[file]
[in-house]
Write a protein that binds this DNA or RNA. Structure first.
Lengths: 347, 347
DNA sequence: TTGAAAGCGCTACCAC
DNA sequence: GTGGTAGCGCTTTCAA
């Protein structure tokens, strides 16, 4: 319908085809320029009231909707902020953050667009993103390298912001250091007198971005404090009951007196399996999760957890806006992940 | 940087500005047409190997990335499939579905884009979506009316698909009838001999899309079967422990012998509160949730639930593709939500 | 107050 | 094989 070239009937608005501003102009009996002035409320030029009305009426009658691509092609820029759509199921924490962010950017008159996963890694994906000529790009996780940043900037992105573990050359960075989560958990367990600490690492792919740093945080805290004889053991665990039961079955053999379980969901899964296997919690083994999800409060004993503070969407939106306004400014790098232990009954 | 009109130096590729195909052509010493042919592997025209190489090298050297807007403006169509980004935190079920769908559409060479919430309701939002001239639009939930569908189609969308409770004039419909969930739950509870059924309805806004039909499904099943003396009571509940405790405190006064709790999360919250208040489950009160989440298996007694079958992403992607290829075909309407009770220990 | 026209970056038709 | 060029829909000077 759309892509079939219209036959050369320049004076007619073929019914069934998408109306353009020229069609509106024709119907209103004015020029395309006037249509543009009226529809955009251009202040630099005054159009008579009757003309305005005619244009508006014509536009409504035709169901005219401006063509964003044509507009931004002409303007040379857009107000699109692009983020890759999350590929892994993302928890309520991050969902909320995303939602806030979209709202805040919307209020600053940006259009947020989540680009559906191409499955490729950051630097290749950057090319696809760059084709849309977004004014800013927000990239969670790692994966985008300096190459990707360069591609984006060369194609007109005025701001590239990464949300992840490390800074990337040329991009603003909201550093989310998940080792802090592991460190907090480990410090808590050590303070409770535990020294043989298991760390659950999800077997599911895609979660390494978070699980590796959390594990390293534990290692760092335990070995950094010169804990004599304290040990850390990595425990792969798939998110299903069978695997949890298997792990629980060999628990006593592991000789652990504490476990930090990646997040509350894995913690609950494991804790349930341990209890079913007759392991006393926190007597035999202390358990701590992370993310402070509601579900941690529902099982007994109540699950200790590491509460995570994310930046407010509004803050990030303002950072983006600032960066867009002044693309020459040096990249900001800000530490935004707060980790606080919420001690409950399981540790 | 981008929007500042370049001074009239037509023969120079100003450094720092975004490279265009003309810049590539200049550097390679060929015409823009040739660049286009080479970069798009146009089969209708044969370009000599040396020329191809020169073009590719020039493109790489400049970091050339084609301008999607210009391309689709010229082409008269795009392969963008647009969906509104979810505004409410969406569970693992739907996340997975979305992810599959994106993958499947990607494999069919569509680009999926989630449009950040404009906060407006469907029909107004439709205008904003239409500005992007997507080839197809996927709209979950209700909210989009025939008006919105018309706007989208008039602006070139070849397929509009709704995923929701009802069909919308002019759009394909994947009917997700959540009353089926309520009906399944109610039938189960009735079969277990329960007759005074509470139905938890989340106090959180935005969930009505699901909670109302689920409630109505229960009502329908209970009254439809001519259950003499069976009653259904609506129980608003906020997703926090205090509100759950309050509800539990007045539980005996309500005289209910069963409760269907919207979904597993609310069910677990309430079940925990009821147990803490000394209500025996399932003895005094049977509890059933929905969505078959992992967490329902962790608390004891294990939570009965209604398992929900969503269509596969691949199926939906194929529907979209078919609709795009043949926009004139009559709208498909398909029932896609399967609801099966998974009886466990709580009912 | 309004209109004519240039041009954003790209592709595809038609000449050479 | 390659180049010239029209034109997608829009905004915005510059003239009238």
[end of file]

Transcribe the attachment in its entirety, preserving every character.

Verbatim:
[in-house]
Write a protein that binds this DNA or RNA. Structure first.
Lengths: 347, 347
DNA sequence: TTGAAAGCGCTACCAC
DNA sequence: GTGGTAGCGCTTTCAA
């Protein structure tokens, strides 16, 4: 319908085809320029009231909707902020953050667009993103390298912001250091007198971005404090009951007196399996999760957890806006992940 | 940087500005047409190997990335499939579905884009979506009316698909009838001999899309079967422990012998509160949730639930593709939500 | 107050 | 094989 070239009937608005501003102009009996002035409320030029009305009426009658691509092609820029759509199921924490962010950017008159996963890694994906000529790009996780940043900037992105573990050359960075989560958990367990600490690492792919740093945080805290004889053991665990039961079955053999379980969901899964296997919690083994999800409060004993503070969407939106306004400014790098232990009954 | 009109130096590729195909052509010493042919592997025209190489090298050297807007403006169509980004935190079920769908559409060479919430309701939002001239639009939930569908189609969308409770004039419909969930739950509870059924309805806004039909499904099943003396009571509940405790405190006064709790999360919250208040489950009160989440298996007694079958992403992607290829075909309407009770220990 | 026209970056038709 | 060029829909000077 759309892509079939219209036959050369320049004076007619073929019914069934998408109306353009020229069609509106024709119907209103004015020029395309006037249509543009009226529809955009251009202040630099005054159009008579009757003309305005005619244009508006014509536009409504035709169901005219401006063509964003044509507009931004002409303007040379857009107000699109692009983020890759999350590929892994993302928890309520991050969902909320995303939602806030979209709202805040919307209020600053940006259009947020989540680009559906191409499955490729950051630097290749950057090319696809760059084709849309977004004014800013927000990239969670790692994966985008300096190459990707360069591609984006060369194609007109005025701001590239990464949300992840490390800074990337040329991009603003909201550093989310998940080792802090592991460190907090480990410090808590050590303070409770535990020294043989298991760390659950999800077997599911895609979660390494978070699980590796959390594990390293534990290692760092335990070995950094010169804990004599304290040990850390990595425990792969798939998110299903069978695997949890298997792990629980060999628990006593592991000789652990504490476990930090990646997040509350894995913690609950494991804790349930341990209890079913007759392991006393926190007597035999202390358990701590992370993310402070509601579900941690529902099982007994109540699950200790590491509460995570994310930046407010509004803050990030303002950072983006600032960066867009002044693309020459040096990249900001800000530490935004707060980790606080919420001690409950399981540790 | 981008929007500042370049001074009239037509023969120079100003450094720092975004490279265009003309810049590539200049550097390679060929015409823009040739660049286009080479970069798009146009089969209708044969370009000599040396020329191809020169073009590719020039493109790489400049970091050339084609301008999607210009391309689709010229082409008269795009392969963008647009969906509104979810505004409410969406569970693992739907996340997975979305992810599959994106993958499947990607494999069919569509680009999926989630449009950040404009906060407006469907029909107004439709205008904003239409500005992007997507080839197809996927709209979950209700909210989009025939008006919105018309706007989208008039602006070139070849397929509009709704995923929701009802069909919308002019759009394909994947009917997700959540009353089926309520009906399944109610039938189960009735079969277990329960007759005074509470139905938890989340106090959180935005969930009505699901909670109302689920409630109505229960009502329908209970009254439809001519259950003499069976009653259904609506129980608003906020997703926090205090509100759950309050509800539990007045539980005996309500005289209910069963409760269907919207979904597993609310069910677990309430079940925990009821147990803490000394209500025996399932003895005094049977509890059933929905969505078959992992967490329902962790608390004891294990939570009965209604398992929900969503269509596969691949199926939906194929529907979209078919609709795009043949926009004139009559709208498909398909029932896609399967609801099966998974009886466990709580009912 | 309004209109004519240039041009954003790209592709595809038609000449050479 | 390659180049010239029209034109997608829009905004915005510059003239009238």